Political Space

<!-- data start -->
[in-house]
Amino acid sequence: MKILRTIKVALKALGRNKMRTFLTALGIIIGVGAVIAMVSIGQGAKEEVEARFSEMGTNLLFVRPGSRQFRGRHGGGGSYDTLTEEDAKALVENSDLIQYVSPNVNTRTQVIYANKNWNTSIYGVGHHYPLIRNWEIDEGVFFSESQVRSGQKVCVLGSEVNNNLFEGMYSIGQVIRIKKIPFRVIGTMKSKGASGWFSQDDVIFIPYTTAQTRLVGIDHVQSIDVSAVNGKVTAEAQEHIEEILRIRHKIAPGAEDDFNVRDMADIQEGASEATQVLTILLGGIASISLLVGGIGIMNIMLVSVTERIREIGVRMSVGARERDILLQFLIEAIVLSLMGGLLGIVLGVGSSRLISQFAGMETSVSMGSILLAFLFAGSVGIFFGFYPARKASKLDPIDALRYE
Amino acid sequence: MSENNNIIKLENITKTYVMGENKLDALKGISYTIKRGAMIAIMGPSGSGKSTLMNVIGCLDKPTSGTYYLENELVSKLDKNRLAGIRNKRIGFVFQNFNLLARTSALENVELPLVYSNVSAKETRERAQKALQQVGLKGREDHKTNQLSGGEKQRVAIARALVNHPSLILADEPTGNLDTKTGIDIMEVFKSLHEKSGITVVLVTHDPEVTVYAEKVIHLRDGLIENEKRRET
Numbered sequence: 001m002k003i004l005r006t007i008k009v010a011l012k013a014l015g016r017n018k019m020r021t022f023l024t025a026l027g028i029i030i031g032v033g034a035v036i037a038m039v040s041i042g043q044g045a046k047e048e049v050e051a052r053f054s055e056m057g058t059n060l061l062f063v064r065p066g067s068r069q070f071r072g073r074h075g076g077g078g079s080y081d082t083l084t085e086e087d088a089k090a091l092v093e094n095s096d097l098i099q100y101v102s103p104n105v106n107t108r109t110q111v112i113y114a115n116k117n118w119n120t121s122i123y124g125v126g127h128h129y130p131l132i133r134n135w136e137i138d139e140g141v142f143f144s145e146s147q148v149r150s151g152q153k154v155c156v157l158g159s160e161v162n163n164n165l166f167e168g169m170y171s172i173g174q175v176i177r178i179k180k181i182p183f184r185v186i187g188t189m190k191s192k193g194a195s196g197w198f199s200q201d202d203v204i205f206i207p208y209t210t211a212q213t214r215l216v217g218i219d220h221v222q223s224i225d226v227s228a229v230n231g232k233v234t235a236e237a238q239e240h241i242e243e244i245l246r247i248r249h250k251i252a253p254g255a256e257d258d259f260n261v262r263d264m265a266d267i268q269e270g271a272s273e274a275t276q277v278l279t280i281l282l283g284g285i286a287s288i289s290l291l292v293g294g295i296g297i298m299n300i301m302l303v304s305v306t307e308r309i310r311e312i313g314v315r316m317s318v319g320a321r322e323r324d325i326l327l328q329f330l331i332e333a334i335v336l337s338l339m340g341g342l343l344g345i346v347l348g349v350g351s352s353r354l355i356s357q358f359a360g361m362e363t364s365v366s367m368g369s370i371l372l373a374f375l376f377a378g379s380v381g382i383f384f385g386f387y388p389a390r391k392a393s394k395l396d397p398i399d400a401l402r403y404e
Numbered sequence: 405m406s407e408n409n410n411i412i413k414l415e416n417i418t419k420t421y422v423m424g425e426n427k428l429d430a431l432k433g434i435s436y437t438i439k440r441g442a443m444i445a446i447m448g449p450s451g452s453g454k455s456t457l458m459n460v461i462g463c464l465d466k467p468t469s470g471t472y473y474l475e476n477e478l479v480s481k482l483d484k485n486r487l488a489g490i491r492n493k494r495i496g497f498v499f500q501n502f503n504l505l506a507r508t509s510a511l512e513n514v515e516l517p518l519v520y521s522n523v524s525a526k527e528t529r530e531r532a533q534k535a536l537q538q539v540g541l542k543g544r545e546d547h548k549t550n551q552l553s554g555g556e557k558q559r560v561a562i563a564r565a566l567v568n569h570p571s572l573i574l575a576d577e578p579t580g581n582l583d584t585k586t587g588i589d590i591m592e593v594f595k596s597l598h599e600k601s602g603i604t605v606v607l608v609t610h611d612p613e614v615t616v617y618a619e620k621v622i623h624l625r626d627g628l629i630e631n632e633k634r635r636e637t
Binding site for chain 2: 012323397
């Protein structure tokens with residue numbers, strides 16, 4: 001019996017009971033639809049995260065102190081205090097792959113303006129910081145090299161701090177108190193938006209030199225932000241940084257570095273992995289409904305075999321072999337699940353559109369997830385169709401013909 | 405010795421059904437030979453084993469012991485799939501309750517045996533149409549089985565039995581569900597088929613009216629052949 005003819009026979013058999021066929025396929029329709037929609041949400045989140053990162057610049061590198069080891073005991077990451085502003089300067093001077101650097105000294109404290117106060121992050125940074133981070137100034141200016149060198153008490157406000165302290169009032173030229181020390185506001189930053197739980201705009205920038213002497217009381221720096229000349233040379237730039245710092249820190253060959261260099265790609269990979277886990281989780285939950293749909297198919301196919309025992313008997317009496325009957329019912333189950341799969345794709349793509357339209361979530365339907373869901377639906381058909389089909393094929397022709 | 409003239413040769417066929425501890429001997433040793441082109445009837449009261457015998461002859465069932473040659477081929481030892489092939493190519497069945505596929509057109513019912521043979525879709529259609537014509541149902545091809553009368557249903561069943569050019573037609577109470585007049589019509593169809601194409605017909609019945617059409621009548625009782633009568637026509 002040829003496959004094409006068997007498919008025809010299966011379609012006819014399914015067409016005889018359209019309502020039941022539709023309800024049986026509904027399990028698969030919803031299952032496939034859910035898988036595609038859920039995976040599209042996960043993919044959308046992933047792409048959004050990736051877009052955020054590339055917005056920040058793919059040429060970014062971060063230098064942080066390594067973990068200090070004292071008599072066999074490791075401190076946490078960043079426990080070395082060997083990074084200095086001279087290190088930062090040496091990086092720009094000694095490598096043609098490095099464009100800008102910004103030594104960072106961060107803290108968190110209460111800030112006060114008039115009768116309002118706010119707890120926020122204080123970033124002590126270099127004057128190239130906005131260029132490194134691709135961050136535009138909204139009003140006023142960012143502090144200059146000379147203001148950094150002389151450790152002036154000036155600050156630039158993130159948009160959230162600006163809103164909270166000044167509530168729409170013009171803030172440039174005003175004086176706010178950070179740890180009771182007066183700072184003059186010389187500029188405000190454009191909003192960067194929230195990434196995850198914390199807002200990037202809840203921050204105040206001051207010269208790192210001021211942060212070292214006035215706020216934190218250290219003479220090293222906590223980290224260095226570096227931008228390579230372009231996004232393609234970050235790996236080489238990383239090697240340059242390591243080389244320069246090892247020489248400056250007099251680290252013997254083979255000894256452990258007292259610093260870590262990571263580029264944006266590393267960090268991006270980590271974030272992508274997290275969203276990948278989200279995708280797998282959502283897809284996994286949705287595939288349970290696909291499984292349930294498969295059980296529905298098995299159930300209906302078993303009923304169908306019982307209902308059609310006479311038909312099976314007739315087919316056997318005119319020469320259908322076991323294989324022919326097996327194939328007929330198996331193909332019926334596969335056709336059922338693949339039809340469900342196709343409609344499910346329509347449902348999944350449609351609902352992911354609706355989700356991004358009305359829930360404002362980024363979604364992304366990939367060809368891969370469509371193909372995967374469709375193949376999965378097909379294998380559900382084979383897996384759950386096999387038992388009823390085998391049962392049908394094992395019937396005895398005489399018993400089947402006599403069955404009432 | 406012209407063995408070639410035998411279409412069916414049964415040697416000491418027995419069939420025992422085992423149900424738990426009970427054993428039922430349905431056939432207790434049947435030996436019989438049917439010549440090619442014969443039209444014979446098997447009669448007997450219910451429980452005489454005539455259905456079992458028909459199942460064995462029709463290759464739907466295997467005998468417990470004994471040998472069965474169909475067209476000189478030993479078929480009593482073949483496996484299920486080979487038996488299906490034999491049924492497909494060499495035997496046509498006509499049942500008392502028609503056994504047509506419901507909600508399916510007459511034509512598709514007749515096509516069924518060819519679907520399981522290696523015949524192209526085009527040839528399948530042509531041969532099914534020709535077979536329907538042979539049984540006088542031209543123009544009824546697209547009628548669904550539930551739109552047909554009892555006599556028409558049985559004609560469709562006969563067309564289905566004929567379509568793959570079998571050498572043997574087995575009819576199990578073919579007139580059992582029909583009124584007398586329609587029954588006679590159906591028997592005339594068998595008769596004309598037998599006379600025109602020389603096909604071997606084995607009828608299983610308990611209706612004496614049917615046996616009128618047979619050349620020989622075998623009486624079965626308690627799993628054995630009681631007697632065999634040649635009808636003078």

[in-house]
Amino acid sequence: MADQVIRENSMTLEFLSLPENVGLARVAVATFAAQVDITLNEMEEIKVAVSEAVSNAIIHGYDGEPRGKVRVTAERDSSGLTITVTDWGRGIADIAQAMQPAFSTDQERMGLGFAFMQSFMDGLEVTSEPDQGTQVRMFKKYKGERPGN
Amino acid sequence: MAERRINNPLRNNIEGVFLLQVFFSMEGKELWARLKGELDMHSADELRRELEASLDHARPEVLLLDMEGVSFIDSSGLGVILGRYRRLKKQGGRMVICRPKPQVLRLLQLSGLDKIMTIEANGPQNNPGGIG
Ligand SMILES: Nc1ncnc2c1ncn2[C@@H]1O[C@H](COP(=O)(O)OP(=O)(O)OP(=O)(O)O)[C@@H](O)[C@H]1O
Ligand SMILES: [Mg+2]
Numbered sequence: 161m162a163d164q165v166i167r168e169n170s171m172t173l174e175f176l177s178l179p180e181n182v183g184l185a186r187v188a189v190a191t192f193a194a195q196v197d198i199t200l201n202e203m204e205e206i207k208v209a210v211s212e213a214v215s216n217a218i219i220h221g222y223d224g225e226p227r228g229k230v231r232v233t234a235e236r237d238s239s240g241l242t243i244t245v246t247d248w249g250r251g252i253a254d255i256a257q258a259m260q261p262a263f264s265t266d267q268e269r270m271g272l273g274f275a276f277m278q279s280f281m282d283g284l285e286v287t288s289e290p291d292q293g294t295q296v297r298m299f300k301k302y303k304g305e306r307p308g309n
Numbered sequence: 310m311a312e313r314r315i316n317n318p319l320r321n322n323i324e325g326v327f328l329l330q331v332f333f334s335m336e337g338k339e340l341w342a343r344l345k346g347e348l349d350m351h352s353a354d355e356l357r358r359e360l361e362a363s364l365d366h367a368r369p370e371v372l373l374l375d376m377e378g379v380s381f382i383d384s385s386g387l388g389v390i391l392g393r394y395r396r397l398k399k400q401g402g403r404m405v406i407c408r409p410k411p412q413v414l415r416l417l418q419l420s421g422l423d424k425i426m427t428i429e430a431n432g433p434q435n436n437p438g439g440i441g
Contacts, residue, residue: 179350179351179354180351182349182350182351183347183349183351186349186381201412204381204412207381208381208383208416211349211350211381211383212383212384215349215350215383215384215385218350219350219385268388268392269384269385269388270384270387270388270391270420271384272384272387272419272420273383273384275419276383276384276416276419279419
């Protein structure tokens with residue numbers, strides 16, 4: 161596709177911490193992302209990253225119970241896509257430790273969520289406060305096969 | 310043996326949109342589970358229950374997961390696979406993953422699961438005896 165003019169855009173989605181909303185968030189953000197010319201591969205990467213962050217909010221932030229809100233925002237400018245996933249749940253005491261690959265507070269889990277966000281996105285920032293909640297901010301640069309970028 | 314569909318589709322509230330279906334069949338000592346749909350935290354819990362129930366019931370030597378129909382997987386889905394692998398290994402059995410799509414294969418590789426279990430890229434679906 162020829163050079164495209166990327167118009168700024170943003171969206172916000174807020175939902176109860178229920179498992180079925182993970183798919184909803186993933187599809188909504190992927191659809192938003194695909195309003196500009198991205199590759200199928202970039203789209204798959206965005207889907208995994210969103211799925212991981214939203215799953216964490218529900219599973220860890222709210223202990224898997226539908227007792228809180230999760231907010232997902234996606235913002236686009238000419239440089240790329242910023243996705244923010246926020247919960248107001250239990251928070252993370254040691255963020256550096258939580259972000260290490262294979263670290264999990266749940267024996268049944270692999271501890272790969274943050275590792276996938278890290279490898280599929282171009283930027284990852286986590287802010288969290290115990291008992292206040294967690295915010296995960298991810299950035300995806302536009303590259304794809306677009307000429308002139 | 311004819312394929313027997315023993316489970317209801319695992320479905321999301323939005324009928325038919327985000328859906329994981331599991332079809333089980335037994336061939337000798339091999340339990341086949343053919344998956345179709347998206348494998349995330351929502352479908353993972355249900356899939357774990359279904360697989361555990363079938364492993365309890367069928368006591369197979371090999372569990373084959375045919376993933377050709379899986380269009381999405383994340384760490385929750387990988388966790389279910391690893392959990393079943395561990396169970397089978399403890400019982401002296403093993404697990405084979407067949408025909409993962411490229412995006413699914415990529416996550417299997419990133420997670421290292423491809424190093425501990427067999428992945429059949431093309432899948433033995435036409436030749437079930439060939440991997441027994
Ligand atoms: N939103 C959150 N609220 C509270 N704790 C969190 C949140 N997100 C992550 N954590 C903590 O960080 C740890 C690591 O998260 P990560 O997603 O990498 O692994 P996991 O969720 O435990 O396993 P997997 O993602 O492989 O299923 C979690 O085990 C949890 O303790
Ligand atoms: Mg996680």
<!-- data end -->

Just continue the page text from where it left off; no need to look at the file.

Space is political through its differentiation. We define space through borders and the drawing of these borders is politically charged. Just as we define art through scale, we define space through scale. The scale of a space determines its difference in relation to other spaces. Spaces can exist within other political spaces. NYC exists within the larger space of the United States, but we understand that each space carries its own cultural, social, and economic meaning. It is easy to imagine a space such as the White House or Trump Towers as political as we think of the legislative politics that occur within or reside within the space. While it is true that these spaces are political, we should understand that all space is political. Space is one fluid body naturally; there is no inherent border within space. Adopting the mindset that space is actually one material thing, we should recognize that “space” as we know and call it is political through the distinctions we make in the different kinds of space that exist within the one natural body. Humans have given space meaning, meaning that carries cultural, social, and economic connotations. This division of kinds of space is political in that the very process of naming a space as having one meaning intends to eliminate the presence of other possible meanings. We distinguish spaces based on what they are not. NYC is defined as a space that is not Jersey City. If we didn’t create meanings of difference for space, there would be no reason to speak of multiple spaces, no need to name them. For instance, Lincoln Center is defined by its difference from Trump Towers. If we did not connote some difference in meaning to those two spaces, there would be no reason to name them or draw borders. Naming a space is political, in that through naming it we apply difference in meaning.

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